That’s definitely our star on the left. I think that the older child has appeared before and I assume it’s her son. Here’s another photo of him (he’s on the right).

It kills me that our star had kids, who presumably had kids, who ditched these photos. Phooey.

Difficult to know if these next photos are of the same waterway where the two boat scenes above occurred — maybe they were taken on the way home. Anyone recognize these scenes?

Photo 31

Photo 32

Photo 33

The above is a neat shot — I love how the photographer captured the car in the distance. It’s kind of far away to try and figure out what type of vehicle it was, but here’s a crop of it anyhow:

Crop of vehicle in Photo 33

Album Rescue Project: Album 2, Photos 25-27

Wow, it’s been a long time since I’ve posted about this project. I’m happy to report, however, that I’ve finished scanning the images from Album 2. When we last left off, we were in Gettysburg and I’m pretty sure these next few images are from that same location as well.

Photo 25

Photo 26

Photo 27

Pretty timely given the anniversary of the Battle of Gettsyburg was this past weekend. Anyone been there more recently than the 1920s/1930s? I think it would be neat to find modern photos of the same scenes.

Heaven Has Gained One Hell of a Gardener

Yesterday, my family celebrated the life of my Aunt Teri, whom we lost in May after a long battle with cancer. She planned the event herself, down to the menu, and couldn’t have done so more perfectly. Several folks stood up and said beautiful words about Teri. I didn’t — I knew I would lose it if I tried. I think most folks who’ve met me know I’m more of a writer than a speaker anyhow.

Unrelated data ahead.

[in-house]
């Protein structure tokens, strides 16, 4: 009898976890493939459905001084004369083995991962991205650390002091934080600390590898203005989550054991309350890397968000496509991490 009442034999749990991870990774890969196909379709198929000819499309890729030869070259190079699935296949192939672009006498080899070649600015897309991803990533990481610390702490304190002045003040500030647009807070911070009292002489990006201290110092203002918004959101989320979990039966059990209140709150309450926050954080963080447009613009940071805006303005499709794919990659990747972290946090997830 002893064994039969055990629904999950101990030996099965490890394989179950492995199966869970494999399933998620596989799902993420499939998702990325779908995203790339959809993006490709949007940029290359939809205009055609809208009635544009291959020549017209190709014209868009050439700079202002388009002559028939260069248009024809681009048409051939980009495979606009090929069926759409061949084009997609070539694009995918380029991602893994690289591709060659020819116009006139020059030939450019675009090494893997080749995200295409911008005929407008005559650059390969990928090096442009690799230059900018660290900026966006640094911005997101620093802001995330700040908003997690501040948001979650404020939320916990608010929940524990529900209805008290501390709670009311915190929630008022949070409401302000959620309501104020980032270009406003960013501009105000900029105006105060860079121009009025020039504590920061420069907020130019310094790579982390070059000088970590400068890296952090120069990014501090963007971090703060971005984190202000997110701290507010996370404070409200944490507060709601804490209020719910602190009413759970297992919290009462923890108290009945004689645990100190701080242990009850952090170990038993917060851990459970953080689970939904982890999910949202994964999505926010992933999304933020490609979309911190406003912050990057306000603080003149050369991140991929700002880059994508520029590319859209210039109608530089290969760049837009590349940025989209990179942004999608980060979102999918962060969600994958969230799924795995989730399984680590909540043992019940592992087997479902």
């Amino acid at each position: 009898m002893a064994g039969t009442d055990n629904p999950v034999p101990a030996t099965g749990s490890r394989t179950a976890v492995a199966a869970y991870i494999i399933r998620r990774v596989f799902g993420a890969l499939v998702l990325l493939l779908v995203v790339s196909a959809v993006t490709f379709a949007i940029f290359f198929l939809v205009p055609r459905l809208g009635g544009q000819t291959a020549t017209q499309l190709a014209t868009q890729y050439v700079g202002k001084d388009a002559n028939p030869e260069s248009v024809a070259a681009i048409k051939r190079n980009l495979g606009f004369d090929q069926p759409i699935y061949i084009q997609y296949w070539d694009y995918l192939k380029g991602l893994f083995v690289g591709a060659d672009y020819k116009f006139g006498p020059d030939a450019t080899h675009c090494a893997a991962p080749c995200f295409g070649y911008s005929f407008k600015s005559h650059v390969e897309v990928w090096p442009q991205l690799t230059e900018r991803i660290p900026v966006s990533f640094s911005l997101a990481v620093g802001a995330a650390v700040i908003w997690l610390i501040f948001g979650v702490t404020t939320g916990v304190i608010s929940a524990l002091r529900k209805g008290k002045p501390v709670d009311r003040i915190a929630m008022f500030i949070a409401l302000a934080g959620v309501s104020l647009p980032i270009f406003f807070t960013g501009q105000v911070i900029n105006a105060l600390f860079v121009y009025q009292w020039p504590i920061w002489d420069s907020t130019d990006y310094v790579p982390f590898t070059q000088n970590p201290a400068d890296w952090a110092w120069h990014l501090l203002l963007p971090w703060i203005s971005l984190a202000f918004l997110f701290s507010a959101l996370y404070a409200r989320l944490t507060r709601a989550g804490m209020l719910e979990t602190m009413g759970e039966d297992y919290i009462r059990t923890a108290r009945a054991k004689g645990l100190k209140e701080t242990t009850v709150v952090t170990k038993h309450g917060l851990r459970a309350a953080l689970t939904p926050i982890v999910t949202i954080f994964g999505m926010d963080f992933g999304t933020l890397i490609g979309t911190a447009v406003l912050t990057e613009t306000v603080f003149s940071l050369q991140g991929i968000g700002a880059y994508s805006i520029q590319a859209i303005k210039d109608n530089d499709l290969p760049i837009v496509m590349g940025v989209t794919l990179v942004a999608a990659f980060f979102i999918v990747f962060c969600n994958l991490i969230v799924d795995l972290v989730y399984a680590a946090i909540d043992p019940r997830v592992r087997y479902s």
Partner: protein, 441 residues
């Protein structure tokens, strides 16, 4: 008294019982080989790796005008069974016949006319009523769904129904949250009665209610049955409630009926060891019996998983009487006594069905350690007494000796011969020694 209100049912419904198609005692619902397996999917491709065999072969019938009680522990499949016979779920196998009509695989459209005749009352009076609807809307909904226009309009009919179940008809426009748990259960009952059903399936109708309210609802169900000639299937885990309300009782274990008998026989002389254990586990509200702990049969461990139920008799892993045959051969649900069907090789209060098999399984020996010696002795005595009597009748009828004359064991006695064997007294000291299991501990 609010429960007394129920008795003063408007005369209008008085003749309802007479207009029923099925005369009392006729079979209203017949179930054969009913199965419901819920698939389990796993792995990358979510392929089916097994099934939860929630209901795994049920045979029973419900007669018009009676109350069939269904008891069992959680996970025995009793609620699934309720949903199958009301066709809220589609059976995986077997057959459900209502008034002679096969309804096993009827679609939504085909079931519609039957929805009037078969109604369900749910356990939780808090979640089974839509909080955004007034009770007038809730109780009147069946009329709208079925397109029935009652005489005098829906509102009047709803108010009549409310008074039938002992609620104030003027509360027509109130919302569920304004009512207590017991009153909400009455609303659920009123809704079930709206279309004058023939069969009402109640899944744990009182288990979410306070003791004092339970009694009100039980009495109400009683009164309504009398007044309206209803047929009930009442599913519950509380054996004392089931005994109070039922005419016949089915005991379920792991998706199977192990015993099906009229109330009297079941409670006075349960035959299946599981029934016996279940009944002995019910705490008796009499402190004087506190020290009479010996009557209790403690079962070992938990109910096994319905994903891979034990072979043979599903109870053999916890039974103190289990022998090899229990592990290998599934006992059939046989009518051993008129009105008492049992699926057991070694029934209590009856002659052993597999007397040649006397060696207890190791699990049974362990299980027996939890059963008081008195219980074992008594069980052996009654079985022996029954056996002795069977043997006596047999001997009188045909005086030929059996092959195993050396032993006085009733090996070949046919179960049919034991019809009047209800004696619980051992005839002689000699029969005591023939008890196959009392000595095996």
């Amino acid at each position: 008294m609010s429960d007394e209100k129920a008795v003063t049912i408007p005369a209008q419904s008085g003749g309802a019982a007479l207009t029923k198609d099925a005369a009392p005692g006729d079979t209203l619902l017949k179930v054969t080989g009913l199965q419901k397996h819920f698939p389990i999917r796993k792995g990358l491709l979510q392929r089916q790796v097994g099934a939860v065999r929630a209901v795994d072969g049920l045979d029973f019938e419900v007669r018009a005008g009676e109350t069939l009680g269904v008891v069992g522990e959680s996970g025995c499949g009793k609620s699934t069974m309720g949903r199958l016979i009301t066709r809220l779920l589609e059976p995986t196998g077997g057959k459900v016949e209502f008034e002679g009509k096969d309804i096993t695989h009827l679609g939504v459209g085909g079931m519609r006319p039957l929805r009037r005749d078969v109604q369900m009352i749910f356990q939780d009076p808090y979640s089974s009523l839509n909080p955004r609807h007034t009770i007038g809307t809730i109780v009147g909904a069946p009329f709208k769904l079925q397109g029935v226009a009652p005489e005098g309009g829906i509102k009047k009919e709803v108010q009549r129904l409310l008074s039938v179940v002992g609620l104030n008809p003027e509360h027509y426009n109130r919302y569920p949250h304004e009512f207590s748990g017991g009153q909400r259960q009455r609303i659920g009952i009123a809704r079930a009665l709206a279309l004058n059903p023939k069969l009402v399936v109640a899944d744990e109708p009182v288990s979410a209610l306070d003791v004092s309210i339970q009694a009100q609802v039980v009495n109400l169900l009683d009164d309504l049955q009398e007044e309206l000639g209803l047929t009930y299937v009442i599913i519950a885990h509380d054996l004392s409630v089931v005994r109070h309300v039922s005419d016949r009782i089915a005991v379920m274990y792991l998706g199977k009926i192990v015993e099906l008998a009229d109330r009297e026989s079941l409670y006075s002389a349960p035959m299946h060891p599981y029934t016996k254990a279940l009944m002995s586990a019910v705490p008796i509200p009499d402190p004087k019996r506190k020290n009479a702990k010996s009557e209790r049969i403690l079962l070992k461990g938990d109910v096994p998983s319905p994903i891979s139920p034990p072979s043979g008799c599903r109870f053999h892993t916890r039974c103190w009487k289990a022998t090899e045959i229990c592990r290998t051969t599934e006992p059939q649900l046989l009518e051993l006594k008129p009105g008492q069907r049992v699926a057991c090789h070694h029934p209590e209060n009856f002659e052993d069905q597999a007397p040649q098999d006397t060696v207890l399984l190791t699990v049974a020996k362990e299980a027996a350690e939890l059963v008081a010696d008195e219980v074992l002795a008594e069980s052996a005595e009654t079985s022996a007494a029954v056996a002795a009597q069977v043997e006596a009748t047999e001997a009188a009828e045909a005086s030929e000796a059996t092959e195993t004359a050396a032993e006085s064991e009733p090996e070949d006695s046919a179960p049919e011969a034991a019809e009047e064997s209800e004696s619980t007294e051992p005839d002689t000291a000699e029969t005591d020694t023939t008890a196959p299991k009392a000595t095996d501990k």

Teri and I had become very close over the past several years. I made it a point to visit her in Winchester at least twice a year. I learned so much from her and I miss her terribly.

Not only was she my aunt, she was my godmother, drinking buddy, “big sister,” gardening/cooking inspiration, shopping pal, fellow daytrip explorer, crossword puzzle clue helper, backgammon instructor, music/movie sharer, family-secret spiller and kindred spirit.

Aunt Teri had a wicked grin and catching laugh that matched her sense of humor. She used to entertain all of us cousins when we were little by flaring her nostrils. She could curse like a sailor and inspired me in that regard too.

Aunt Teri (the Indian princess) and Me

As a youngster, I thought Aunt Teri was an Indian princess. She always tanned so dark and had such long, dark hair. I have so many fond memories of hanging with her on our family beach trips and visiting her out in the mountains of western Virginia.

One of Teri’s favorite photos, taken in her backyard in 2010.